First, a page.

We’re watching you, SDHB


Frank Marvin runs his eye over the National Health Board expert panel’s groundbreaking report into Wakatipu services

The Wakatipu isn’t alone in mistrusting Southern District Health Board – the National Health Board’s panel of experts is also sceptical. 

The panel’s sentiments surface in its far-reaching report on Queenstown health services released last week. 

Among the panel’s 21 recommendations are: Retaining and expanding the existing Lakes District Hospital; creating a “health campus” with an emergency department, a CT scanner and more aged residential care; and for it to become a training ground for rural practitioners. 

Under a subheading “Implementing Change”, the NHB orders SDHB to get cracking: “Implement­ation [of the panel’s findings] is critical to moving the Wakatipu forward after years of uncertainty and to start the process of building trust and confidence … between the community and SDHB.”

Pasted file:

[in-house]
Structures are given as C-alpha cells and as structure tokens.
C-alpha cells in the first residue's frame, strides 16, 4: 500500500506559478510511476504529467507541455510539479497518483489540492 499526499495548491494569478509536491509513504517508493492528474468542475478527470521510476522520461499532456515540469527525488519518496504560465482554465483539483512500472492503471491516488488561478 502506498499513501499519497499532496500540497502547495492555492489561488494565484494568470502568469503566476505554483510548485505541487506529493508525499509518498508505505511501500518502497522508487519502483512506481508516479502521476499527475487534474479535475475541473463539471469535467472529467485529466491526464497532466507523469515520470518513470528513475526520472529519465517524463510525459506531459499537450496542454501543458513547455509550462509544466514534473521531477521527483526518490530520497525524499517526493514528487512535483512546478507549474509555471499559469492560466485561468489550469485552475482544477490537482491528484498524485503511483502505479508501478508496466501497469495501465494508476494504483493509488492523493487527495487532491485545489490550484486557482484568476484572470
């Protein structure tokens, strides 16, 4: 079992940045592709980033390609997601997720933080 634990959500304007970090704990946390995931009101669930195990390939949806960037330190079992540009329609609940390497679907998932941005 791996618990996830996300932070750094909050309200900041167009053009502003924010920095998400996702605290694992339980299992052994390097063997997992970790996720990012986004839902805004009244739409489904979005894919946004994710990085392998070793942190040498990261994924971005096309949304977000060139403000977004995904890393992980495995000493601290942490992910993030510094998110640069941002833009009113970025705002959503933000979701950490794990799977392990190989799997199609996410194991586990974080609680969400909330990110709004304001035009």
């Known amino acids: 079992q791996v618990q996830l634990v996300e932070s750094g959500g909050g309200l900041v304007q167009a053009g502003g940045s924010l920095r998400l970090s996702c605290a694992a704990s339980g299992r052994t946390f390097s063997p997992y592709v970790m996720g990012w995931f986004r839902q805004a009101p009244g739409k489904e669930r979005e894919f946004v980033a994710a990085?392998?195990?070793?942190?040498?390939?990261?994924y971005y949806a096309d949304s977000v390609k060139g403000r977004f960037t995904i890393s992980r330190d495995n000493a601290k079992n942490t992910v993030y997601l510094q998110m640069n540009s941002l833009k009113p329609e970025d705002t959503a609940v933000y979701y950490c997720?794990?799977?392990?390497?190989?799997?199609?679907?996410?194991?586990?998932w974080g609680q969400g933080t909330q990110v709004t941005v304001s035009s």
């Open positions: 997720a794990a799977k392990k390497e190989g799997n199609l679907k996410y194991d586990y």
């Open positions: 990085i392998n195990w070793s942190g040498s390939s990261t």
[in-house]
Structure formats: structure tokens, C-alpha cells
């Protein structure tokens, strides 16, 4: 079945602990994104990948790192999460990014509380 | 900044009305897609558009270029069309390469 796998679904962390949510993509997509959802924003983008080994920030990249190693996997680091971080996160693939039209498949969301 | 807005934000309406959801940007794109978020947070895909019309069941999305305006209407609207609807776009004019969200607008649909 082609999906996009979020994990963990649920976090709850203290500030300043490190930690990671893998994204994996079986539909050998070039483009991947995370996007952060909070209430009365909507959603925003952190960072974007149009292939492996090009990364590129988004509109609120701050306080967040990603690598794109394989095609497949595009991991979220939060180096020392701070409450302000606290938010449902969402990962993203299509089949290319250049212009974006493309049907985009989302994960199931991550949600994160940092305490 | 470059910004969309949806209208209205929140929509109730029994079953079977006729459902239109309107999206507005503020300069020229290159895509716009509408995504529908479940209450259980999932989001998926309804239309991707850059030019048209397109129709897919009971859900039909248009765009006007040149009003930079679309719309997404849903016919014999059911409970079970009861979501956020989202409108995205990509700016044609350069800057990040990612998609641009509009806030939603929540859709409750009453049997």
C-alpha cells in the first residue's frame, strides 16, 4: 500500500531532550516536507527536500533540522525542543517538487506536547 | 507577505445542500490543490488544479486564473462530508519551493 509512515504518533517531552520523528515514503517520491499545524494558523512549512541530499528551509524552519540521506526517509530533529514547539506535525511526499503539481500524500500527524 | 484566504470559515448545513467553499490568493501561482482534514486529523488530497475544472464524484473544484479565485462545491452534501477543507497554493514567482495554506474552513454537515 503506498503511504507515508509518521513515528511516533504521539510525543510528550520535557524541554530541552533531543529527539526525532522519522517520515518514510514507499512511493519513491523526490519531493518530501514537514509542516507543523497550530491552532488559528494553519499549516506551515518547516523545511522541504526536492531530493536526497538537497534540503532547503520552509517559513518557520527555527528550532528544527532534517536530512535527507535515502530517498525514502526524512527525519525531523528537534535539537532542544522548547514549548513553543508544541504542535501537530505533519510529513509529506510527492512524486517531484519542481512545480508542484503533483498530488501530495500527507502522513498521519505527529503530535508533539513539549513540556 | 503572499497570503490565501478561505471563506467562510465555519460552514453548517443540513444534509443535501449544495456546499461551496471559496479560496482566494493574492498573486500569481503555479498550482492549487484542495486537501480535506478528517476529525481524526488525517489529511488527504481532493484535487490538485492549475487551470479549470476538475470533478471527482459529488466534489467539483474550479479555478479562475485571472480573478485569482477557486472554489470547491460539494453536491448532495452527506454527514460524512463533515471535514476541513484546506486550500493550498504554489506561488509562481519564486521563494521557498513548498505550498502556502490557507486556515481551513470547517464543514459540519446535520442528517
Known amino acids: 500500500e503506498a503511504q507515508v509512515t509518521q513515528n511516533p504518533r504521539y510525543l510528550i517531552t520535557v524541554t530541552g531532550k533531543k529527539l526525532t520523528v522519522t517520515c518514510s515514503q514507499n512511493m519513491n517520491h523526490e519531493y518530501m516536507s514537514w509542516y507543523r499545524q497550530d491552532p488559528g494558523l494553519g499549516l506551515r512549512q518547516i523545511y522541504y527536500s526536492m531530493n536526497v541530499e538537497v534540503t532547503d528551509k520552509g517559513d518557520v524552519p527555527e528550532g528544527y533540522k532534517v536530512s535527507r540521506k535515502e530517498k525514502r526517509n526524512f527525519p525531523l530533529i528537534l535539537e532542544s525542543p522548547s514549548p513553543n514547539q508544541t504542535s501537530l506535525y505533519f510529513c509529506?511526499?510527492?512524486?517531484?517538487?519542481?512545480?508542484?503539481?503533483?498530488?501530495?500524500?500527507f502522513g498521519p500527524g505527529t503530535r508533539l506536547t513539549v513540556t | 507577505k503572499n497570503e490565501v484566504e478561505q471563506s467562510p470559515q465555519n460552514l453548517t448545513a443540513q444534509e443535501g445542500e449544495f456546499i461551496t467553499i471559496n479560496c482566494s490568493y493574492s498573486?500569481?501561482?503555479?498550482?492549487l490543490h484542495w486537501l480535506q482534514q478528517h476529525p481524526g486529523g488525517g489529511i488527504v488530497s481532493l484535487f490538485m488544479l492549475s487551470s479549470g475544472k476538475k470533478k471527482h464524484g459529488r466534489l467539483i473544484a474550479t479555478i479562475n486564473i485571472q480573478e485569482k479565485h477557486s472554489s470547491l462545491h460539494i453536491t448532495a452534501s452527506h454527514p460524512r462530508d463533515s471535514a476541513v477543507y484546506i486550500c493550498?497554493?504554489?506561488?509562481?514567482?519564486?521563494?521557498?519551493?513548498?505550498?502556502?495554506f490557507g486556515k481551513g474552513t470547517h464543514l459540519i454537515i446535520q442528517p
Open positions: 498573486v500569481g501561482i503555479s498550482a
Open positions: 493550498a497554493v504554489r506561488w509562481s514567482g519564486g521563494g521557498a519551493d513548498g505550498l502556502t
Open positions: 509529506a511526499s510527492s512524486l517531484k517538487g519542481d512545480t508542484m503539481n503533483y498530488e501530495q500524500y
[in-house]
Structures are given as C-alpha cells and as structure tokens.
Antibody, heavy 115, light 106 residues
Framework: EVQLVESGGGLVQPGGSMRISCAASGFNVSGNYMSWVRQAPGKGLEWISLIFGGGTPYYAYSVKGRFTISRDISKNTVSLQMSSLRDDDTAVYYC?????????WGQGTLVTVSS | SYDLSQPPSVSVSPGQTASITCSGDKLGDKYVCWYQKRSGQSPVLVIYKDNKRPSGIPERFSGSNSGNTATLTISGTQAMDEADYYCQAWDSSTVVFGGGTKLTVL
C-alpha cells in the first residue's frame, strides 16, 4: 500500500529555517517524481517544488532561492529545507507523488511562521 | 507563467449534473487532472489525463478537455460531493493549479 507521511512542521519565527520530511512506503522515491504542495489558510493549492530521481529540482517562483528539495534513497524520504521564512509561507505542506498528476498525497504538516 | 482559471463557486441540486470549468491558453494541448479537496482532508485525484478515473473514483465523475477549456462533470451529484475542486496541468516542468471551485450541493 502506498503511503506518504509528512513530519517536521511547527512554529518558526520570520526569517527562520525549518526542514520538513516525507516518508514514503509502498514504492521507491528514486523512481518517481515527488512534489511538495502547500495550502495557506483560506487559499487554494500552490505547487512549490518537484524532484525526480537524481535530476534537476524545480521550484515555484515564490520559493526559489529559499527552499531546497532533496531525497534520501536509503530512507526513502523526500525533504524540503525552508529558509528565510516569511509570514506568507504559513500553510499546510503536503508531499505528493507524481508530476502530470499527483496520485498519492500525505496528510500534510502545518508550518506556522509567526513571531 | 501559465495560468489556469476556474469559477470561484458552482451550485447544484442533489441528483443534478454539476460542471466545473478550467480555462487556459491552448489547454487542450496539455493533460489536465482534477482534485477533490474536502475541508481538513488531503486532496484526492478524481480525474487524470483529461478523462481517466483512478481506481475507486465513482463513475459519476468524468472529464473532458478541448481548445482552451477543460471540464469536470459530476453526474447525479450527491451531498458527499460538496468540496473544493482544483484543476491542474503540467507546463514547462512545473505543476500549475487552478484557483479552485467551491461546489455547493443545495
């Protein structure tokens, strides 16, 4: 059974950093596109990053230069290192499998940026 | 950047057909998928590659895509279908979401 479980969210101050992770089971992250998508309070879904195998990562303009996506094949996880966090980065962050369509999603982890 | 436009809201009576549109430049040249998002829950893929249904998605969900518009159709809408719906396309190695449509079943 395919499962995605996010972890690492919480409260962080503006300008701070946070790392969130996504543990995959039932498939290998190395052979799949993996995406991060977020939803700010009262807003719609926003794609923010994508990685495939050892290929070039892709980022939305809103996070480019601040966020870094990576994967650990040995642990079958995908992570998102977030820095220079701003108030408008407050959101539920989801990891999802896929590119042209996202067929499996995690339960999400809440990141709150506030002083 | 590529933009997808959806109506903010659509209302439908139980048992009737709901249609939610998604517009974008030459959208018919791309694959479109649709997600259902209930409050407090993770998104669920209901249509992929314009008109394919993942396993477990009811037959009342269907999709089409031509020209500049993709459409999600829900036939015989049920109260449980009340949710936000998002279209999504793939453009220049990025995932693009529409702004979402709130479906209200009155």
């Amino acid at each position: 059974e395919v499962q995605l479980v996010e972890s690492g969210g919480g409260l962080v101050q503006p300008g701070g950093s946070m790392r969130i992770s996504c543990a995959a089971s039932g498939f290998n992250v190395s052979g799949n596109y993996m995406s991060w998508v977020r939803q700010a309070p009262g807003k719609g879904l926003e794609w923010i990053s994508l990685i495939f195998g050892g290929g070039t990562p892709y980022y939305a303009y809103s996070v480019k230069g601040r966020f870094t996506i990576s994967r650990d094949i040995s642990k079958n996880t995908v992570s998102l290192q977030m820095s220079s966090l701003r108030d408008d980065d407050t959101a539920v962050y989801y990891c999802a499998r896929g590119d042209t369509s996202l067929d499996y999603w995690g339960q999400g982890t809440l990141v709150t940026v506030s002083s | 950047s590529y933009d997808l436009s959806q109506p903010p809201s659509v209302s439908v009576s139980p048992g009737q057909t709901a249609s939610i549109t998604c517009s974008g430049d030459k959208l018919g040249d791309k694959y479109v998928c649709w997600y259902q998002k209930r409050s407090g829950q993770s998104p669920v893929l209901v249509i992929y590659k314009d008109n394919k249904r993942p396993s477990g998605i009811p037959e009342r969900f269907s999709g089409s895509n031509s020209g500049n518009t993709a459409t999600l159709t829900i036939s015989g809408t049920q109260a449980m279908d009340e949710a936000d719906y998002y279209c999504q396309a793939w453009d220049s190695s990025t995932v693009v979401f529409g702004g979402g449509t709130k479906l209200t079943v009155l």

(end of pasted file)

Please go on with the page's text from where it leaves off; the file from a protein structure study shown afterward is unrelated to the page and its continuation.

No duck-shoving: “SDHB [must] show leadership and a strong presence in the region to advance this range of initiatives”. 

And Well­ing­­­­ton will be watching, the report warns: “The NHB will continue to support the implementation process to ensure the Wakatipu population receives the benefits from this process.” There are also local scrutineers: “The [Wakatipu] Community Reference Group will play a key role in keeping this programme of work on track and ensuring SDHB delivers on these commitments.” 

Perhaps because SDHB boss Brian Rousseau quits his $500,000 job tomorrow week, the NHB panel leaves nothing to chance by laying down a detailed Wakatipu action plan, broken down into short-, medium- and long-term tasks for SDHB to follow over the next 12 months. 

Such a specific plan can only be to pin SDHB down – a wise move, considering a key initiative in the Wakatipu health plan has already been stalled. The NHB wants a CT scanner at Frankton’s Lakes District Hospital for on-the-spot diagnoses of Queenstown’s high number of trauma patients. 

At its meeting last Friday, SDHB chairman Joe Butterfield begged for the scanner decision to be “parked” for a month – to resolve whether it should be housed at Clyde’s Dunstan Hospital instead.